Git is an awesome tool for managing your code. However, it does take a while to get used to doing things in git. One question I get asked a bit too often is “how do I resolve binary merge conflicts”? Thankfully this is is pretty easy. I usually run the
git mergetool command to allow me to resolve merge conflicts using a graphical interface and then manipulate the resultant files on the command line.
You can specify which editor to use in your
~/.gitconfigfile. Favourites are kdiff3, vimdiff, xxdiff, and opendiff. If your on Mac OSX then you may be used to FileMerge, in which case you should be using opendiff in your
.gitconfig; see below.
tool = opendiff
So, when you are using mergetool option you will something like:
Normal merge conflict for 'lib/yui/assets/skins/sam/editor-sprite.gif':
Hit return to start merge resolution tool (opendiff):
I just hit return so the editor opens, it will probably warn you the file is binary. In a separate terminal window navigate to the directory where the file is in and do an
ls; you’ll see something like what is below:
In this case editor-sprite.gif.REMOTE.41930.gif is the new file and editor-sprite.gif is the original file. To resolve the conflict just copy the REMOTE file over the original file. In my case it would be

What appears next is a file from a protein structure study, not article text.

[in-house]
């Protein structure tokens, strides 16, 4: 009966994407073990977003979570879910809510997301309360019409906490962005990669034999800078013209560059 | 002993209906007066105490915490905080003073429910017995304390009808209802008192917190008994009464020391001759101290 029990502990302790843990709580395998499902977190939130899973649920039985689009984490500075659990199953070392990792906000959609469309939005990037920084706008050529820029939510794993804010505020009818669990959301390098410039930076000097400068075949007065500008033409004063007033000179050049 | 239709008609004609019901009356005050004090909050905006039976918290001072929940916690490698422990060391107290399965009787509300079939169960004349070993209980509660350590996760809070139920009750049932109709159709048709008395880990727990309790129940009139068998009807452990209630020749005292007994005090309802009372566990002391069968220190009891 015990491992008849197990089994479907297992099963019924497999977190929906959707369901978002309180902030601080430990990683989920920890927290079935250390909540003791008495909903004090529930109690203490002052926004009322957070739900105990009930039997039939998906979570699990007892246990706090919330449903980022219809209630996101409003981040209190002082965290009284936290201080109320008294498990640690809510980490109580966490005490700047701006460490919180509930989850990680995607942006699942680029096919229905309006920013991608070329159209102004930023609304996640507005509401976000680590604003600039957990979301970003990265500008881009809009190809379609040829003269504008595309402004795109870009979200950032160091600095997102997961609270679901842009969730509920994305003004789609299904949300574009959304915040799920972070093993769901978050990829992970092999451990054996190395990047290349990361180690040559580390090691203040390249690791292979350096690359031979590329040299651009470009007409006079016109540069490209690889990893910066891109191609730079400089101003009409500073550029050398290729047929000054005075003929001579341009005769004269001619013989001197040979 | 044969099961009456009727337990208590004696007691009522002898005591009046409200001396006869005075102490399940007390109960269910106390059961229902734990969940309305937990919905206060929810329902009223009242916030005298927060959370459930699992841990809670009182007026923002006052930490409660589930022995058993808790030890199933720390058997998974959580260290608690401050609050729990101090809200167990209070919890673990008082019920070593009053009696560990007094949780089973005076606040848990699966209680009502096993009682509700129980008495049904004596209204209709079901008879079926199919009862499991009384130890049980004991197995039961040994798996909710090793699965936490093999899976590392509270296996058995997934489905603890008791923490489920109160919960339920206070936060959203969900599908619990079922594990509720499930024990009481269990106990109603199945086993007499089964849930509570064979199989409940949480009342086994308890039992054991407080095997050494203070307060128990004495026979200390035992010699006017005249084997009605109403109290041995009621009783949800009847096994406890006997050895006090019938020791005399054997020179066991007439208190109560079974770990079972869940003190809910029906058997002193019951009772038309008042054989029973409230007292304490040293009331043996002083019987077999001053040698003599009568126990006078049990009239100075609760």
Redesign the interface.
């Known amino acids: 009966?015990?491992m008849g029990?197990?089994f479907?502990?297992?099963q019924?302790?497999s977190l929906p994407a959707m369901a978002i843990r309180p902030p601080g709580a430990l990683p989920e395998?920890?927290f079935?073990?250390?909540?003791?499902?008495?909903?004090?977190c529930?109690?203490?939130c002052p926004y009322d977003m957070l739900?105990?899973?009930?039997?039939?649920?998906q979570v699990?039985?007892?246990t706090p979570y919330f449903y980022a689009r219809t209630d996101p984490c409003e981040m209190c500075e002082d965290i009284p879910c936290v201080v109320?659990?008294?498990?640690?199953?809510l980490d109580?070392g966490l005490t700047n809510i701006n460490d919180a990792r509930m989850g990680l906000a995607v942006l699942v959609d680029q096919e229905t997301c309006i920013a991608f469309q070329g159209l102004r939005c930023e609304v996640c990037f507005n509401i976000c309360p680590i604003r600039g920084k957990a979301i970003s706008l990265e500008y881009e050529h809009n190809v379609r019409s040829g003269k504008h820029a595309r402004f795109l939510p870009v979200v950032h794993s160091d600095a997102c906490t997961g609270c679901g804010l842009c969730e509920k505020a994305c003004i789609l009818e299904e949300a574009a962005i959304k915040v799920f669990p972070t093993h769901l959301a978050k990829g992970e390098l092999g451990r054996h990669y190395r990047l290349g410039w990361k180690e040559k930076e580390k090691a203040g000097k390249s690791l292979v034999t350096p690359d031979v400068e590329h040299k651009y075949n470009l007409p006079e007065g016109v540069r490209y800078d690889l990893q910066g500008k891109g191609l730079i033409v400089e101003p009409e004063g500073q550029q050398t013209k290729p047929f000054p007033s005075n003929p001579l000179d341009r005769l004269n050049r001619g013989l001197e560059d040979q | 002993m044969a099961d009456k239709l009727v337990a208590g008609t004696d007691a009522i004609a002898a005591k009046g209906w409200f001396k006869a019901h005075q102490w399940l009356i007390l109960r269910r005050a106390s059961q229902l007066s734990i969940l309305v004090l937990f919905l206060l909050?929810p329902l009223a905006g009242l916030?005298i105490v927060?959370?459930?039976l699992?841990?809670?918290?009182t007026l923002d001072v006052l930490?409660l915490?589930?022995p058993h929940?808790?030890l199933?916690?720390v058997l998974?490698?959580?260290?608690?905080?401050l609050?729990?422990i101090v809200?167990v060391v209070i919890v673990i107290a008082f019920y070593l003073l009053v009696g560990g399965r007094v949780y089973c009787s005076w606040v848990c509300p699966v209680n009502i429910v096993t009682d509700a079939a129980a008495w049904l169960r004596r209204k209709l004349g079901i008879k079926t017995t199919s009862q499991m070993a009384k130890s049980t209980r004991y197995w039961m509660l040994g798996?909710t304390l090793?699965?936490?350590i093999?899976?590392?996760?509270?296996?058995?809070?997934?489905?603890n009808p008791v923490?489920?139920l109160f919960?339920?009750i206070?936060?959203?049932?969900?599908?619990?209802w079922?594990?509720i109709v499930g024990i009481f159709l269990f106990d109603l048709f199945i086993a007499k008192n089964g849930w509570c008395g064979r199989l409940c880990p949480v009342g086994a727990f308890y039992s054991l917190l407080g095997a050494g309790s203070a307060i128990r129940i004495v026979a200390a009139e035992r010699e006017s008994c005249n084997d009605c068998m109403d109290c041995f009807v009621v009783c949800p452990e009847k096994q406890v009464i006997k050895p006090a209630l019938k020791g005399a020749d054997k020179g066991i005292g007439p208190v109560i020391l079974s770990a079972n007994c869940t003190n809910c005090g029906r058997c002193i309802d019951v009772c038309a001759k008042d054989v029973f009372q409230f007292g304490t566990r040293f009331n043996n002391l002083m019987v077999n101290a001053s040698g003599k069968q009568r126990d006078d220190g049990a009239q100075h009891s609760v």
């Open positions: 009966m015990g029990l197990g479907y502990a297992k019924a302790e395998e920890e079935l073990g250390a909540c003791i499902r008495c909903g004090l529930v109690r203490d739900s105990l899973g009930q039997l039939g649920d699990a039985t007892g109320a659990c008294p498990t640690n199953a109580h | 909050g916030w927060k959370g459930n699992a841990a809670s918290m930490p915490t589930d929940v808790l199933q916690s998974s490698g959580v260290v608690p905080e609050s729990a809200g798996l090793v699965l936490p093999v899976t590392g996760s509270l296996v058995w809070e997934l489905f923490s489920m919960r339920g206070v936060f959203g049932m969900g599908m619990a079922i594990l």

cp editor-sprite.gif.REMOTE.41930.gif editor-sprite.gif. However, I use the following one liner to resolve these conflicts more generically.
I have it in shell script in my path so I just run it when I need to resolve these types of conflicts. It just finds files with REMOTE in them and then issues a
cp command to copy that file over the original.
Hope this helps!
Outside of git mergetool you can just add the binary files using git add file1 file2 ….
Great post, really useful!
Quick question, how do you handle Xcode project files, such as the project.pbxproj file? It’s a text files bit it’s advised to treat it as binary.
With a conflict, do you just select the latest or do you merge with FileMerge?
I don’t understand what happens after you copy REMOTE over the original file. Then what? I still have the four image files in my directory. What do I now do with Git?
Once you have resolved conflicts by adding the files to git (git status — tells you) do a commit.